(Not Quite a) Rumble in the Theoretical Jungle
Book of the month: Kuhn vs. Popper: The Struggle for the Soul of Science
The philosopher Karl Popper is fast becoming the best-known loser in modern intellectual history. Three years ago, in the book Wittgenstein’s Poker, which recounts a famous battle between Popper and his contemporary, Ludwig Wittgenstein, authors David Edmonds and John Eidinow clearly gave the latter the upper hand. Now, in Kuhn vs. Popper: The Struggle for the Soul of Science (Columbia University Press, $24), Steve Fuller recounts Popper’s debate with the Harvard physicist turned historian
of science Thomas Kuhn. Although Fuller bills the showdown, which took place on July 13, 1965, at the University of London, as the intellectual equivalent of Ali-Frazier, he also admits that it was something of a nonevent. Kuhn didn’t like to debate, and Popper, an established thinker two decades his senior, didn’t want to share the stage with an upstart. There may have been no clear winner that day, but Kuhn’s ideas enjoyed more popularity in the long run. His book The Structure of Scientific Revolutions has since sold more than a million copies and been translated into 20 languages.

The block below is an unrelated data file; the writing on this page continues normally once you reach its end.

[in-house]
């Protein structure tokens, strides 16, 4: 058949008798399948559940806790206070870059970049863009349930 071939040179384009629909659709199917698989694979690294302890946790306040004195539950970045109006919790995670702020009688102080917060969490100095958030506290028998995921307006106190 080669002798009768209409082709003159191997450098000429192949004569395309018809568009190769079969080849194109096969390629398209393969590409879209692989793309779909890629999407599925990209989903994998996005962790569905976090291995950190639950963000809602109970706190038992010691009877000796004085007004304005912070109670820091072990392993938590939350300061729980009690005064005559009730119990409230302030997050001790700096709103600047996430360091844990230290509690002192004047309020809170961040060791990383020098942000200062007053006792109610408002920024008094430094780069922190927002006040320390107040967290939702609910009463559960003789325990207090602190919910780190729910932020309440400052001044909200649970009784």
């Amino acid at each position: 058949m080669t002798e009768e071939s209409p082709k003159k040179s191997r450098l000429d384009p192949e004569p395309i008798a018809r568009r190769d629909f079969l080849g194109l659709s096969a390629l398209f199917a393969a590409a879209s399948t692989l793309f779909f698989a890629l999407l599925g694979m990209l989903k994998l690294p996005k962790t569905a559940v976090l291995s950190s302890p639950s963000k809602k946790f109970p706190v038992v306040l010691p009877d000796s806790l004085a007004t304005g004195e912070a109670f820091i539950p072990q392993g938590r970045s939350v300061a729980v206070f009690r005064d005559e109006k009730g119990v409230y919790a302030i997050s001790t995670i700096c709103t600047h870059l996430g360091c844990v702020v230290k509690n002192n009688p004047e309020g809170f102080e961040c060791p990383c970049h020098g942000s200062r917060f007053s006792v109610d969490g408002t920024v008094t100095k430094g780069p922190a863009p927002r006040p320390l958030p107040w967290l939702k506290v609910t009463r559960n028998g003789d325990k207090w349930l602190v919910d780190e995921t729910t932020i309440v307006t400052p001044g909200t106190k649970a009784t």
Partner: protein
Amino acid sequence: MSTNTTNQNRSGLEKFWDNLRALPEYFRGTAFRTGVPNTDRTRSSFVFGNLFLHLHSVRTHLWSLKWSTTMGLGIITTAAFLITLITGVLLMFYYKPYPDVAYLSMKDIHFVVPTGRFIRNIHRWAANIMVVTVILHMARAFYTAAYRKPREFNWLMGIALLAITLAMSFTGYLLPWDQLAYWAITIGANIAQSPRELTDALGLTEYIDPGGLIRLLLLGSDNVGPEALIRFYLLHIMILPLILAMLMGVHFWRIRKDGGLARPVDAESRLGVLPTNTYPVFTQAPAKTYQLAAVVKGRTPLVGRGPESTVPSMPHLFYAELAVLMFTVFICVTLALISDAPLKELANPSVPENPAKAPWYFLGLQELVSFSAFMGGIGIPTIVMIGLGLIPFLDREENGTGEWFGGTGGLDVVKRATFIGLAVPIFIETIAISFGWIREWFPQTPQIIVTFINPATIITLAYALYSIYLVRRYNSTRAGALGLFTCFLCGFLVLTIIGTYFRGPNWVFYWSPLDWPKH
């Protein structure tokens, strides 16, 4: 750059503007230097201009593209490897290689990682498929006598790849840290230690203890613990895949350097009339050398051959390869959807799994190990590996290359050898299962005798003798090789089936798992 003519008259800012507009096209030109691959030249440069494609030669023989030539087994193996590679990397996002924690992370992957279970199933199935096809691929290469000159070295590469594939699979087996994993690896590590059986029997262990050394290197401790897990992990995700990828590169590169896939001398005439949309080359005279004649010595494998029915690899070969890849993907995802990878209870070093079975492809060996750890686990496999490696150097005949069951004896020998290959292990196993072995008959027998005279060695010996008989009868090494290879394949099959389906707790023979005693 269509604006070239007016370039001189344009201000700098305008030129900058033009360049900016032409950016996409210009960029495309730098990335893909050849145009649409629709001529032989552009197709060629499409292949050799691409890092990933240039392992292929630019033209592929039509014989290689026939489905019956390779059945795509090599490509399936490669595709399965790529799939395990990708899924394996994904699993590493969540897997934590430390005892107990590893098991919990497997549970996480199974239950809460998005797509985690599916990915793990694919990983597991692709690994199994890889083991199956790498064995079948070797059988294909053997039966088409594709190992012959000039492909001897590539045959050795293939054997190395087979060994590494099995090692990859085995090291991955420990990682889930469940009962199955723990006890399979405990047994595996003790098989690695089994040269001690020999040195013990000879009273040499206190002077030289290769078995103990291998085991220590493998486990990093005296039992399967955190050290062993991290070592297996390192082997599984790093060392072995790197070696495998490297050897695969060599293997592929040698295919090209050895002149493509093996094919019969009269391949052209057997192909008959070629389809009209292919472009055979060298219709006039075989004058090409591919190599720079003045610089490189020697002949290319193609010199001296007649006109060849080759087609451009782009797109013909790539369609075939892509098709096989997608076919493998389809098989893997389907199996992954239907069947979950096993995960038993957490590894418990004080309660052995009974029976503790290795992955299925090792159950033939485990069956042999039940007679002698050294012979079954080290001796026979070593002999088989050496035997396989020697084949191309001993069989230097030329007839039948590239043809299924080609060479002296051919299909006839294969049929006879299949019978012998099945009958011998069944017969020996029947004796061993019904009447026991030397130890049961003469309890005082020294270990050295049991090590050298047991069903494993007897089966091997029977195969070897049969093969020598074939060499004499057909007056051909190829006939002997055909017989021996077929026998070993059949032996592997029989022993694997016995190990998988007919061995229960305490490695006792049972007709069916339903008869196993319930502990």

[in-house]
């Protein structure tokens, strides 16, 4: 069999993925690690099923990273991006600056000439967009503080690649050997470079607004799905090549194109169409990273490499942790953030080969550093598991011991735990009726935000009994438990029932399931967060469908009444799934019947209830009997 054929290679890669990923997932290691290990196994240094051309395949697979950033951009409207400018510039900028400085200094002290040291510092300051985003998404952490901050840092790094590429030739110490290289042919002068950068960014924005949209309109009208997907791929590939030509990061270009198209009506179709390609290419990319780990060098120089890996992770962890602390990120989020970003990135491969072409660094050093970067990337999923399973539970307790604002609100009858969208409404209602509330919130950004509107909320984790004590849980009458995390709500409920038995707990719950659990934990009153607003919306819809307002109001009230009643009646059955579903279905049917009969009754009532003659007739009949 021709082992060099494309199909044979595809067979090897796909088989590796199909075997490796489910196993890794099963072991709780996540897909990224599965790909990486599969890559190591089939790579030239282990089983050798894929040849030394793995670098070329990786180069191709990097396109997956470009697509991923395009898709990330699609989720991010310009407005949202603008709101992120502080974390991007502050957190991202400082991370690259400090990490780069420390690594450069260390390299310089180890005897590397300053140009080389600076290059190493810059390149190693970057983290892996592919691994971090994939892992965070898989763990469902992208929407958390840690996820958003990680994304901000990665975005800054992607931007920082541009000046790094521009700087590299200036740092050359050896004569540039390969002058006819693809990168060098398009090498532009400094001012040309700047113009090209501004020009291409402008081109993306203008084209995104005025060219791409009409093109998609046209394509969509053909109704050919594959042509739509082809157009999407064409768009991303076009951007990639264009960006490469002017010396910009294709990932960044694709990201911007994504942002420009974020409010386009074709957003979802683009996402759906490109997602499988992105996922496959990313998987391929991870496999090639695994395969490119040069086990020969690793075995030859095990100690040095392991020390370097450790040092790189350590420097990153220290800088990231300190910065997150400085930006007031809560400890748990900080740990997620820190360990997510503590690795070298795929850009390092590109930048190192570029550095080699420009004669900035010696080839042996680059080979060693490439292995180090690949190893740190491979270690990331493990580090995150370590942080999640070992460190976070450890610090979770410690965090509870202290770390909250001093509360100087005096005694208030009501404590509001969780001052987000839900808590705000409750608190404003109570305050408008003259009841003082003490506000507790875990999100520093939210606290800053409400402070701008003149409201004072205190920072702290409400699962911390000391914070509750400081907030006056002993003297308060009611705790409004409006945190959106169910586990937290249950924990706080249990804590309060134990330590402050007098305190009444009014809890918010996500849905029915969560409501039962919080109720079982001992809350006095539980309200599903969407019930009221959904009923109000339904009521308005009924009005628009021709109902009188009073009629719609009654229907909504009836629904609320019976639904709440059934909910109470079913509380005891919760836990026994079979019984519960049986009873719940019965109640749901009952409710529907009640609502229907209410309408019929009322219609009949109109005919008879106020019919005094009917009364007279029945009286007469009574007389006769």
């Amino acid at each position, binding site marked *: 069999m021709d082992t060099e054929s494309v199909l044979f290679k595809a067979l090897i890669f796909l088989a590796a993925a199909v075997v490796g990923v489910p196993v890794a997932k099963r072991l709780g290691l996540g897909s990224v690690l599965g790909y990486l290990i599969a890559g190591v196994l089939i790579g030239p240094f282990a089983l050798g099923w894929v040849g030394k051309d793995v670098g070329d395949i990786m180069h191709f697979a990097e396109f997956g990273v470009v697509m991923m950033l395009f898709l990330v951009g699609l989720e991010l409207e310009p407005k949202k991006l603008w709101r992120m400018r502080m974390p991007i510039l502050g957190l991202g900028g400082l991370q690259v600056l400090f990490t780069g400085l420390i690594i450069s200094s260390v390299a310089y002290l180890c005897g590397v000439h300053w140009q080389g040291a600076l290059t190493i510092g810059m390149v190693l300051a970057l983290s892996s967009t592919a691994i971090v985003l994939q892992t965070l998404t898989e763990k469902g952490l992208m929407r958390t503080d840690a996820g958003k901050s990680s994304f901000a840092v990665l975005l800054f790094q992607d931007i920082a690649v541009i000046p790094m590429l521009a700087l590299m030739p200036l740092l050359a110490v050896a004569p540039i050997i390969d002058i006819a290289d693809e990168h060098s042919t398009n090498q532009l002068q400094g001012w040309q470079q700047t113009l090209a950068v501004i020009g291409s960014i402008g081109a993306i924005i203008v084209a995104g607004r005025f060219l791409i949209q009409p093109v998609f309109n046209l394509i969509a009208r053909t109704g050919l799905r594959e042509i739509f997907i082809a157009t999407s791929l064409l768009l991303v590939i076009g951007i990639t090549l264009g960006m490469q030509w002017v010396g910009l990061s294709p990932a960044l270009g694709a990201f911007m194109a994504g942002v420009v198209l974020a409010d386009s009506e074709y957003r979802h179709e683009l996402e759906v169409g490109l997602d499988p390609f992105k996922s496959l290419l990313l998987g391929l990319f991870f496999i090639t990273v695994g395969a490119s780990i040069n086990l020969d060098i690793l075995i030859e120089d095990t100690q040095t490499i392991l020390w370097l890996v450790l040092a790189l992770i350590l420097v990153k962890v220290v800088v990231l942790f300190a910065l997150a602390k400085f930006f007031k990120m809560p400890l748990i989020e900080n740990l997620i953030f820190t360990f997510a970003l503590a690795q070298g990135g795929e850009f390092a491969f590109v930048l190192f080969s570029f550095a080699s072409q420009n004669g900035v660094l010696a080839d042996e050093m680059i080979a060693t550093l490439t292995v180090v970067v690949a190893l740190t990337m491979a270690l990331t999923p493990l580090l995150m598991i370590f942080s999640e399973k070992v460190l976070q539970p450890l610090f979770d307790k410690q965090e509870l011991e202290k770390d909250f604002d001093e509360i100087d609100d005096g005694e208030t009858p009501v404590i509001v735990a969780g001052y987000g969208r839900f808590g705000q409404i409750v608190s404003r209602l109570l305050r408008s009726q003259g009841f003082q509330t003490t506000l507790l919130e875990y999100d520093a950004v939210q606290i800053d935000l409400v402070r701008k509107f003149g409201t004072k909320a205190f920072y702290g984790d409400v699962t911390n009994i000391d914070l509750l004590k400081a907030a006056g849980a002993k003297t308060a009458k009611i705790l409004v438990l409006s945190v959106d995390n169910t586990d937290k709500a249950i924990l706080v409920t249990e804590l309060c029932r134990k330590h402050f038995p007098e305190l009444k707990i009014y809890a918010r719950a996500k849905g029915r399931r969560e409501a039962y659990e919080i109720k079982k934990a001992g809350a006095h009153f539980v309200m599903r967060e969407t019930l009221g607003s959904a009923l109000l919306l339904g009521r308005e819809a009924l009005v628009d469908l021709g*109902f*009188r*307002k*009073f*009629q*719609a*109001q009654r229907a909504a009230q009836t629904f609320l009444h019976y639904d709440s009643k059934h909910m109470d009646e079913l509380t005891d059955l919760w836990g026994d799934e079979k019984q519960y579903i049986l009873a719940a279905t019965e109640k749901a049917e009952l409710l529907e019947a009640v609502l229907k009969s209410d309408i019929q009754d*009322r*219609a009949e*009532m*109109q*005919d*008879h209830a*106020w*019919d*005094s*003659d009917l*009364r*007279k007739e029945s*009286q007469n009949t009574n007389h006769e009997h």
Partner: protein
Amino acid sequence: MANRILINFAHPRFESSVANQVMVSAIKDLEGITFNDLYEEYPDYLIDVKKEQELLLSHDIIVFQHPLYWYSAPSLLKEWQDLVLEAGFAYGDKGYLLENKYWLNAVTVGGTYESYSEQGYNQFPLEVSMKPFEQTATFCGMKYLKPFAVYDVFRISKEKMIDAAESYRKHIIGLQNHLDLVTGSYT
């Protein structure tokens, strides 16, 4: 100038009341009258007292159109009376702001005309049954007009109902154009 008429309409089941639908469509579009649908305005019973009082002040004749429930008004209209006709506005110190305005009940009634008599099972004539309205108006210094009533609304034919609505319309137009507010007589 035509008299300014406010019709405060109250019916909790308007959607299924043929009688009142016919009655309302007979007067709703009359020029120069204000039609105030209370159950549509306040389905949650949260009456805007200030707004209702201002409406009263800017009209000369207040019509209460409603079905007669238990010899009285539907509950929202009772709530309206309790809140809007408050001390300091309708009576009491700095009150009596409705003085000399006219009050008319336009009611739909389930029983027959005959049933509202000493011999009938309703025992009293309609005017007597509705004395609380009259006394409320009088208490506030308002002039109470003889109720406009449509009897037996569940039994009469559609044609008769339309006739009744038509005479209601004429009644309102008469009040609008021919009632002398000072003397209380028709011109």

Popper described a kind of democratic model for science, one with perpetual elections in which incumbent theories are constantly under attack. He thought the best scientists were the Newtons and Einsteins, constantly trying to overthrow the established ideas. Fuller describes Kuhn’s model as more of a monarchy, each dominant paradigm a regime immune to criticism. “If an argument were to be had,” Fuller writes of Kuhn, “it would be over how to legitimate what scientists were already doing, not over whether they should be doing it.”
Fuller clearly sides with Popper–at one point he calls Kuhn “an intellectual coward”–and this opinionated take gives the story life. The book is a little academic in places, so a familiarity with philosophy of science would suit a reader well (for example, define a “post-leftist postmodernist”). That said, it’s a fascinating and, at 132 pages, delightfully concise work. In the end, Fuller urges the reader to study further. As he writes: “The soul of science depends on it.”